Despite outward appearances, The CW’s reboot is not a self-important, self-serious approach to Charmed: The new version chooses to be earnest instead of glossy, which is one of the more lasting (and endearing) qualities any WB or CW show can have. One of the major talking points about the original Charmed was how series creator Constance M. Burge originally considered the show, first and foremost, a series about sisters who just happened to be witches; Jessica O’Toole and Amy Rardin’s pilot script for the new Charmed approaches things the same way. Importantly, the show excels at the established sister dynamic between Mel (Melonie Diaz) and Maggie (Sarah Jeffery), and later has the same success with Macy’s (Madeleine Mantock) entry into the family (while also learning what it means to be a part of this family).
The series’ biggest struggle might be that its goals are too lofty for its abilities. The original’s biggest issue was the opposite—how much it chose to stay within its comfort zone and keep things simple. Here, outside of the sisters’ relationship with each other, no other dynamic has enough focus, at least so far. As the season progresses, there’s potential to let these stories breathe, and that’s the keyword for new Charmed: “potential.” All it needs to do is nurture that.—LaToya Ferguson (Photo: Katie Yu/The CW)
Last Week’s Ranking: 3
The second season of Netflix’s animated sex-ed comedy is more unwieldy than the first, losing the element of surprise and adding way, way too much of that gross-out nincompoop, Coach Steve. Still, Big Mouth, from creators Nick Kroll, Andrew Goldberg, Mark Levin, and Jennifer Flackett, might be the flat-out funniest comedy on TV, pulling off a one-liner/sight gag hit rate to rival BoJack Horseman (without the despair) and The Good Place (without the profound philosophical questions). Highlights include a Planned Parenthood explainer episode in the form of a pop culture-inspired anthology—replete with an ingenious, contraception-themed Bachelor spoof—a ribald two-parter set at a school sleepover, and the addition of David Thewlis as the nefarious Shame Wizard, though the series’ MVP remains (of course) Maya Rudolph as the Hormone Monstress, offering a multi-episode master class in voice acting. (The way she pronounces “pharmacy” should be in the MoMA.) “I’m horny all the time,” Andrew Glouberman (John Mulaney) laments at one point, summing up Big Mouth’s laugh riot, ‘and I’m makin’ bad choices.” Let’s hope there are still many more to come. —Matt Brennan (Photo: Netflix)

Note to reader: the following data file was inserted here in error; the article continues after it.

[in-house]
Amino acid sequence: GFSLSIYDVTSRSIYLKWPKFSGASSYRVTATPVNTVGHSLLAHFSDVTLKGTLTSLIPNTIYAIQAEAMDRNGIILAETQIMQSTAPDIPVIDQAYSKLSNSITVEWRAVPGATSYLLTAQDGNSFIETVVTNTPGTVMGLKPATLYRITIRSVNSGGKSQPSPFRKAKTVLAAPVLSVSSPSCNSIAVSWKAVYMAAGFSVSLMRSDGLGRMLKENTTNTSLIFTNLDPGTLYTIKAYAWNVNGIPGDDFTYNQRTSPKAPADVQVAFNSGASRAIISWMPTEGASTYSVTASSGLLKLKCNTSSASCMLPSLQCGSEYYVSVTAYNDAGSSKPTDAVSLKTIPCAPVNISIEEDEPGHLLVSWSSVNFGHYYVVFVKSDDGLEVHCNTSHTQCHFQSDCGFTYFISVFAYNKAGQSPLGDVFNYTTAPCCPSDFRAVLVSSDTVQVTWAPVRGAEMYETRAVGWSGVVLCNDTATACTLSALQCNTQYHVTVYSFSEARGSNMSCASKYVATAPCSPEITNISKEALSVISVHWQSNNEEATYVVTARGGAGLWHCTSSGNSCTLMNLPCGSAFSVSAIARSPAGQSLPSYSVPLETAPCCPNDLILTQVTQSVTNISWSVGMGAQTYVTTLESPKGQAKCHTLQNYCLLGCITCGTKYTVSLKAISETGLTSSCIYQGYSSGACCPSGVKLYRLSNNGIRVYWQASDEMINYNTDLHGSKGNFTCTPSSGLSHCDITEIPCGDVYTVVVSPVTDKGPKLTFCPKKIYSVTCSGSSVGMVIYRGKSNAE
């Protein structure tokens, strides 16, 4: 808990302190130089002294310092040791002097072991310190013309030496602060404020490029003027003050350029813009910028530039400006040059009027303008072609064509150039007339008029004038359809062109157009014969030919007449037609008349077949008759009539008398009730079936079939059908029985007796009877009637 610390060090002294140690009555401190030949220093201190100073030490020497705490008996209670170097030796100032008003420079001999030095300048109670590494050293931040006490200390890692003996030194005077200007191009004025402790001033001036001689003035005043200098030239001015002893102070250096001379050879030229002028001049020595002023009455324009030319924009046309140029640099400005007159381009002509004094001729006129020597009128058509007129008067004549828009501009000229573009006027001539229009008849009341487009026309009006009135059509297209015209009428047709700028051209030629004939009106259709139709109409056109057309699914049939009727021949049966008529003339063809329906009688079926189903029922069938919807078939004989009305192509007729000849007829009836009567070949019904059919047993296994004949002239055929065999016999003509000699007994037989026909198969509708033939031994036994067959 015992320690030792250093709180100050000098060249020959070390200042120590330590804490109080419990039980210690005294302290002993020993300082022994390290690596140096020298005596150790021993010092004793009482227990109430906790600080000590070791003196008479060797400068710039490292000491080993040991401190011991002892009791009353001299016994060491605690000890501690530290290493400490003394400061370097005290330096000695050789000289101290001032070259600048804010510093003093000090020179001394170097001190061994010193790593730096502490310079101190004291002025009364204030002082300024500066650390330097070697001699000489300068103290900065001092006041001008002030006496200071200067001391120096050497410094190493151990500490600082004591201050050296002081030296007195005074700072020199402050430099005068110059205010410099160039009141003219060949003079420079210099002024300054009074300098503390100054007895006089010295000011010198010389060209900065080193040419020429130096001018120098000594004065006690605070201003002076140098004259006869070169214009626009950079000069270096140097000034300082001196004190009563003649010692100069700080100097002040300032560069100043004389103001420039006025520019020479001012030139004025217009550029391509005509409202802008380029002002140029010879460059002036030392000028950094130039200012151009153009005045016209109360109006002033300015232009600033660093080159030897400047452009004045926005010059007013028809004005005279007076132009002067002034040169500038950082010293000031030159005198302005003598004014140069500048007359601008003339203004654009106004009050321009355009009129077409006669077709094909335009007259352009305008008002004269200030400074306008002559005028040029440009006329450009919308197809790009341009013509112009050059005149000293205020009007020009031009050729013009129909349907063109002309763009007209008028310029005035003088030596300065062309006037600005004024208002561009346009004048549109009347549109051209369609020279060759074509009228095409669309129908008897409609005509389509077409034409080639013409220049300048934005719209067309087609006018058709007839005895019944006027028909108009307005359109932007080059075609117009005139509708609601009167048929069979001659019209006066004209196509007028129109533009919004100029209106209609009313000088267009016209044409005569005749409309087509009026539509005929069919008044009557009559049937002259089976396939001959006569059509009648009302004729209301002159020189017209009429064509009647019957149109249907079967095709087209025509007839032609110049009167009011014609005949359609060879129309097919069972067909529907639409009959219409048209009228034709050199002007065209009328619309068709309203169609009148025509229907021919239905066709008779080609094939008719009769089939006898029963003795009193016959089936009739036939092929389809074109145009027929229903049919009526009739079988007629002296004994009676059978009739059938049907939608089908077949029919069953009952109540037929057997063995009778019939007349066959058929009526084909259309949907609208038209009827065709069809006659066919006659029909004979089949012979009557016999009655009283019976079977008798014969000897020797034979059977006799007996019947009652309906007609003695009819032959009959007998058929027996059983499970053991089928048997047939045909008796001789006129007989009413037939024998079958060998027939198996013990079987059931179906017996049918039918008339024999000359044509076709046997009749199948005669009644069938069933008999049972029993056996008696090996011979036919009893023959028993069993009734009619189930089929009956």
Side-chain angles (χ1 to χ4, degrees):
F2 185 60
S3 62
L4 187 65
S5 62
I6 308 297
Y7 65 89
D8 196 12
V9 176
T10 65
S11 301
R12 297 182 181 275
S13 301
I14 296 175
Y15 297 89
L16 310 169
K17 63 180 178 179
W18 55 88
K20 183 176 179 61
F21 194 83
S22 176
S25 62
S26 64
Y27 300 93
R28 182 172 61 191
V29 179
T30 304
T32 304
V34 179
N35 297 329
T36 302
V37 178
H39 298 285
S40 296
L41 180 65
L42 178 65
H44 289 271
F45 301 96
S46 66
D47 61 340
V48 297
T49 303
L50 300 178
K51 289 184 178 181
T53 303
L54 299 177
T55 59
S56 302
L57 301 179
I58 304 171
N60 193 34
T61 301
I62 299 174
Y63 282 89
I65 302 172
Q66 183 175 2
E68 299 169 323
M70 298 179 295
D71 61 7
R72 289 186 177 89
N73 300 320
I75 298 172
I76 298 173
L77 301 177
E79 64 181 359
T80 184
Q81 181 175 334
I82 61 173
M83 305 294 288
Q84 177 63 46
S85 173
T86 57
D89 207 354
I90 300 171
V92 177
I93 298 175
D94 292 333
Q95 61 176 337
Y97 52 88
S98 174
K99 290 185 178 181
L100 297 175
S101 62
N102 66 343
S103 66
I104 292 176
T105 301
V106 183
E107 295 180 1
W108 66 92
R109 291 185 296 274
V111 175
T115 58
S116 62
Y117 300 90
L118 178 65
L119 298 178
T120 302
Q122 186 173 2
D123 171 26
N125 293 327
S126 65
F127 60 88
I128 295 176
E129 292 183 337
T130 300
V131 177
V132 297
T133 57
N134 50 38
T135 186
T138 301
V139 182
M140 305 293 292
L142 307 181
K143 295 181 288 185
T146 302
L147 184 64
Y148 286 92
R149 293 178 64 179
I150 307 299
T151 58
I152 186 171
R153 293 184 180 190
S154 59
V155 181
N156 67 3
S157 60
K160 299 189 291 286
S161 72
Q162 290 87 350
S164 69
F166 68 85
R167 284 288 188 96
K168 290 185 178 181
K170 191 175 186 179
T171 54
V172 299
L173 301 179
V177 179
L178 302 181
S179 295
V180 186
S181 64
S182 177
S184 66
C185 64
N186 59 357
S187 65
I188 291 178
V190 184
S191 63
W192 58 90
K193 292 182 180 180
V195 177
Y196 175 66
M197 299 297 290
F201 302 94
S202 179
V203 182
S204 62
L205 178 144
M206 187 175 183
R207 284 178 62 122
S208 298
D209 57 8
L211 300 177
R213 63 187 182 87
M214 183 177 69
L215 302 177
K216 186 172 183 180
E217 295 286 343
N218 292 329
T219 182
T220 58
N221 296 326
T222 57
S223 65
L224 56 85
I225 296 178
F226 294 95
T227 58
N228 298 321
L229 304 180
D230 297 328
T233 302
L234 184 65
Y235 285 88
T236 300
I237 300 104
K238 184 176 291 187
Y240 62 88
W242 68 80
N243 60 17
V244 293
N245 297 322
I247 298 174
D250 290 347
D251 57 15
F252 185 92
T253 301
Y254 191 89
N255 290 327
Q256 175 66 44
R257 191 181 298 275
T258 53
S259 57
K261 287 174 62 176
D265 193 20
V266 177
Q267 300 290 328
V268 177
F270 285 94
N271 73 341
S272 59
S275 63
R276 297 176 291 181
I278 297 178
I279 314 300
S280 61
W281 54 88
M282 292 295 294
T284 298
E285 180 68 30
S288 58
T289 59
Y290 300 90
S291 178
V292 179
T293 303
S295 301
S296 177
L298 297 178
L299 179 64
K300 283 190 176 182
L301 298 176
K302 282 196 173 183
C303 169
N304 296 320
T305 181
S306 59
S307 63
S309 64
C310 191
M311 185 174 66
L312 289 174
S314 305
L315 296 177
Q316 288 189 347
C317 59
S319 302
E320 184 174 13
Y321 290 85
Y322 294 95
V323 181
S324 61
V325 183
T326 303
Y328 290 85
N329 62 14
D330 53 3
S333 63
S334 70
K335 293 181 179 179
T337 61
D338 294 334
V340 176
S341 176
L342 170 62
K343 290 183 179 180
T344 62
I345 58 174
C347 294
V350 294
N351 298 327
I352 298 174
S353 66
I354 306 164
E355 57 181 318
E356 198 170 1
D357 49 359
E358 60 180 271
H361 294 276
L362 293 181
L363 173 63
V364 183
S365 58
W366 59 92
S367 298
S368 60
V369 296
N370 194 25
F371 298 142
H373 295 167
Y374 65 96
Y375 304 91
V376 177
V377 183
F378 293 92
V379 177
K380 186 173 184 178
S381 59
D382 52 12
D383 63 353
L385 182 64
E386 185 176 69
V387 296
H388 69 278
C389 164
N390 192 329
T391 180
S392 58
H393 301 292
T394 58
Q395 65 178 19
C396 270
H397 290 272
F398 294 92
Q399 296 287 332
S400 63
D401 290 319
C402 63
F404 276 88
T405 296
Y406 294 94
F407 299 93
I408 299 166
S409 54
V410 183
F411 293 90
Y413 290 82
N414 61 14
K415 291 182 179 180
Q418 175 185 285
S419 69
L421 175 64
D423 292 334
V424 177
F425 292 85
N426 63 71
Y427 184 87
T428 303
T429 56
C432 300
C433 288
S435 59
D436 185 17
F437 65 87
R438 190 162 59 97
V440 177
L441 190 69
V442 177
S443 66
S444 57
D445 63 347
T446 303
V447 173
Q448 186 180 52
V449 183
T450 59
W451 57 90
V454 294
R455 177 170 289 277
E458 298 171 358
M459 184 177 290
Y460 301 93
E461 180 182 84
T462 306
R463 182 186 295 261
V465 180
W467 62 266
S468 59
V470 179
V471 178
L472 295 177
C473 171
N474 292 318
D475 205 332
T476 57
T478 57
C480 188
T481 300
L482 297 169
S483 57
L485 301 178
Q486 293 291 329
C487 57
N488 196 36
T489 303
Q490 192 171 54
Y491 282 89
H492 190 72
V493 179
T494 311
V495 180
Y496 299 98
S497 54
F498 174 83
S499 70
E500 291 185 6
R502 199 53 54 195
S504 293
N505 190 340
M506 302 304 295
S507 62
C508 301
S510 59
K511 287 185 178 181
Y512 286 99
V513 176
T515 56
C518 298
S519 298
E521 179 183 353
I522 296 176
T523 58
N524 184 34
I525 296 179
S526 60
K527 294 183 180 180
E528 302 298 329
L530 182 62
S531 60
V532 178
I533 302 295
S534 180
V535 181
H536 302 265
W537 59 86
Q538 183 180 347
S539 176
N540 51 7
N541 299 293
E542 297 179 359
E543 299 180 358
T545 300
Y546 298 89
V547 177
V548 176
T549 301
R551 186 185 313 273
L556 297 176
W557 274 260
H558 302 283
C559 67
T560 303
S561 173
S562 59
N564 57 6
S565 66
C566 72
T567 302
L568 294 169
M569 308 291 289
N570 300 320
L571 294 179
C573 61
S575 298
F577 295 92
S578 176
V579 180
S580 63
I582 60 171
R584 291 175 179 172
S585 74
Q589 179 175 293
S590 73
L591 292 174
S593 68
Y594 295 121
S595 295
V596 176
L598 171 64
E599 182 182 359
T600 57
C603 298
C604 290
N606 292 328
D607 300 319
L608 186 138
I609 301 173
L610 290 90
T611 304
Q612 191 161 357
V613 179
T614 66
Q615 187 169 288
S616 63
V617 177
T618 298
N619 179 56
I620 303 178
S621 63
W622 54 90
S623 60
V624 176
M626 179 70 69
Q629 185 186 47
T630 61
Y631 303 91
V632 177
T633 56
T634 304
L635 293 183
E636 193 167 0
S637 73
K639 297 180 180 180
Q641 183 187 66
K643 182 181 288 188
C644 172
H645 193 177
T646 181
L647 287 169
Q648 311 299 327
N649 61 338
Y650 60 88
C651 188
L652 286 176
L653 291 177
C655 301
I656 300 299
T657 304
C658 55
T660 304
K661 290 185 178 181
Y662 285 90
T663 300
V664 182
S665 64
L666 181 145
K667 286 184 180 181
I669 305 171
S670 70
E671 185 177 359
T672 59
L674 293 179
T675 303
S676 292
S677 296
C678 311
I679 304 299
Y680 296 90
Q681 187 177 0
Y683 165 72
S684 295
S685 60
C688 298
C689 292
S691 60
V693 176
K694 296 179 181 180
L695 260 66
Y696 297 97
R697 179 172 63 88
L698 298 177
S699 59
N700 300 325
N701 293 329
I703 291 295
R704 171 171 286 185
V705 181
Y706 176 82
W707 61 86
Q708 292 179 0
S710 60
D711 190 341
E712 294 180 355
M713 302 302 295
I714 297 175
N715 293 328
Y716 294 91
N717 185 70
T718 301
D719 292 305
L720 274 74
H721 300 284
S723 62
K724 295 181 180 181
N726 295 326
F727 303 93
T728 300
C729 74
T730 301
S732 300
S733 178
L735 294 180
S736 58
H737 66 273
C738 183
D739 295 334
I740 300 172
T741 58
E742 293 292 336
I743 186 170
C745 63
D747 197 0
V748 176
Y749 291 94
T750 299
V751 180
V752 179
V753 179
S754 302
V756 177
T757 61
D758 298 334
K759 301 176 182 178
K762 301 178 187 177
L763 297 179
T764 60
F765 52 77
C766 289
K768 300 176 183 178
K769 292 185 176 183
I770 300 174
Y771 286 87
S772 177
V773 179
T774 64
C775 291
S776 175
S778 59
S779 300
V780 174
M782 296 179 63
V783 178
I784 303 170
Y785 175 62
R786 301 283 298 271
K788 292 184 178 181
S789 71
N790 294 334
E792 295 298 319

Last Week’s Ranking: Ineligible
With The Sentence, you know you’re not watching an Alex Gibney film. Elements of it are amateurish; it’s artistically sometimes a bit crude. But there is a kind of eloquence even in that, since you know that director Rudy Valdez is cutting his teeth as a documentarian on the tearjerker case of his own sister, Cindy, who served many years in prison on a mandatory-minimum-sentence “conspiracy” conviction (her boyfriend started dealing drugs and, being young and in love, she didn’t turn him in). The film tracks Cindy’s three daughters and her husband—and, to a lesser but significant extent, her parents and siblings—through the agonies of growing up with an incarcerated mother, and through them we get a very needful window into an especially swollen, idiotic, brainless side of the criminal justice system. We also see a valuable portrait of a human being enduring that system with a kind of emotional generosity that would be beaten out of many in her situation. —Amy Glynn (Photo: HBO)